Aimee Mullins and her 12 pairs of legs

“Aimee Mullins was born without fibular bones, and had both of her legs amputated below the knee when she was an infant. She learned to walk on prosthetics, then to run — competing at the national and international level as a champion sprinter, and setting world records at the 1996 Paralympics in Atlanta. At Georgetown, where she double-majored in history and diplomacy, she became the first double amputee to compete in NCAA Division 1 track and field.”

3 thoughts on “Aimee Mullins and her 12 pairs of legs

  1. Yes, one more thing.. I loved the way she talks about the change in conversations..moving from the talk about deficiencies to augmentation.. and Judy, doesn’t this change happen in so many other contexts..when one passes through life changing events…I mean I have expereinced these…changes both ways..when you are down and when you uplift yourself..Aimee is so good….so inspirational..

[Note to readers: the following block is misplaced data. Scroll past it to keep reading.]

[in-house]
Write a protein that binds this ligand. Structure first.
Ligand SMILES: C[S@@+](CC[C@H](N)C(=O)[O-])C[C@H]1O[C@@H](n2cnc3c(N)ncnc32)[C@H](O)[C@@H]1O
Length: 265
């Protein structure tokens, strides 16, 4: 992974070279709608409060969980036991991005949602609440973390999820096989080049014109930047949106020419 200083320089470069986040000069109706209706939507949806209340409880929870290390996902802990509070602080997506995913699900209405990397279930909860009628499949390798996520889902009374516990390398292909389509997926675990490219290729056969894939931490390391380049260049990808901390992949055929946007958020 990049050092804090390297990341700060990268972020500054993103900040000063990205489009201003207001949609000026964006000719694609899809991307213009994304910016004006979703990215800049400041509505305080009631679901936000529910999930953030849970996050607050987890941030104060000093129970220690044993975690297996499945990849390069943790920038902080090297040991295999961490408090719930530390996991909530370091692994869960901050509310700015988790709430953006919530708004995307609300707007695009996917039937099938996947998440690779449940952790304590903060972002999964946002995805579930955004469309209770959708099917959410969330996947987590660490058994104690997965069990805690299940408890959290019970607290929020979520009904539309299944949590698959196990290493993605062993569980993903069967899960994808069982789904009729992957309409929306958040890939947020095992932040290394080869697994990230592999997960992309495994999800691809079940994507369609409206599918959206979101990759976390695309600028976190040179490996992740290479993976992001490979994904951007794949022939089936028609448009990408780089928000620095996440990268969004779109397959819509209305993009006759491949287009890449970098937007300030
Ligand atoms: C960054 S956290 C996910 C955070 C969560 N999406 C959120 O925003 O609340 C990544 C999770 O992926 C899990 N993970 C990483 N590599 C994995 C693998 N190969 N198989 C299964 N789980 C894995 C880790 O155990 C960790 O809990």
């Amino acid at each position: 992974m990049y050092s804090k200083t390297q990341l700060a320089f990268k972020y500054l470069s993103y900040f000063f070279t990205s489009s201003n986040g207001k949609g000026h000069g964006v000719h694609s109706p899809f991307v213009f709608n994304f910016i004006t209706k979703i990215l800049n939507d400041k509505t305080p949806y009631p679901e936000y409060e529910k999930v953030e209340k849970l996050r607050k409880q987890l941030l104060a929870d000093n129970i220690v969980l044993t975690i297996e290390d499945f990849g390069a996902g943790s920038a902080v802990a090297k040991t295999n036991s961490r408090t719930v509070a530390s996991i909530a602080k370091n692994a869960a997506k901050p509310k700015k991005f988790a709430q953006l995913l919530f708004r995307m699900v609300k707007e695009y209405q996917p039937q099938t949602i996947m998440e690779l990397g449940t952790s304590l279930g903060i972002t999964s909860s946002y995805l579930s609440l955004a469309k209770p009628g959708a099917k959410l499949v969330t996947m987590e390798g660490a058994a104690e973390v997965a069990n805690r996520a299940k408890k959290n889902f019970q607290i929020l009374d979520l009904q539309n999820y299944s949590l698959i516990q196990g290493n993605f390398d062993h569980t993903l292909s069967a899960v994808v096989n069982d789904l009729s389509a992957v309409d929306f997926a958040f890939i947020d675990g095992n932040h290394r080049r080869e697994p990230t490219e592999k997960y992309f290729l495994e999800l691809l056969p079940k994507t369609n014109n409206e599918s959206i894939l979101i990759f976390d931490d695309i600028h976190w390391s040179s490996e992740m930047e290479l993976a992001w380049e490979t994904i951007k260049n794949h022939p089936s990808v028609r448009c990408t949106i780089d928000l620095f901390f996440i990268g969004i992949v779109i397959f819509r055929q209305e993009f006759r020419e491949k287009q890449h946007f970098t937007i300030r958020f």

• Ramesh,
      You are right – I hadn’t noticed the actual term “augmentation” she used but it is right on target. We are always augmenting our lives, aren’t we – even when we may not be aware that’s what is happening until long after. What is a deficiency for one person is an augmentation for another! Be grateful for what we have. Be grateful for what we DON’T have. “Make the most of what comes and the least of what goes.”


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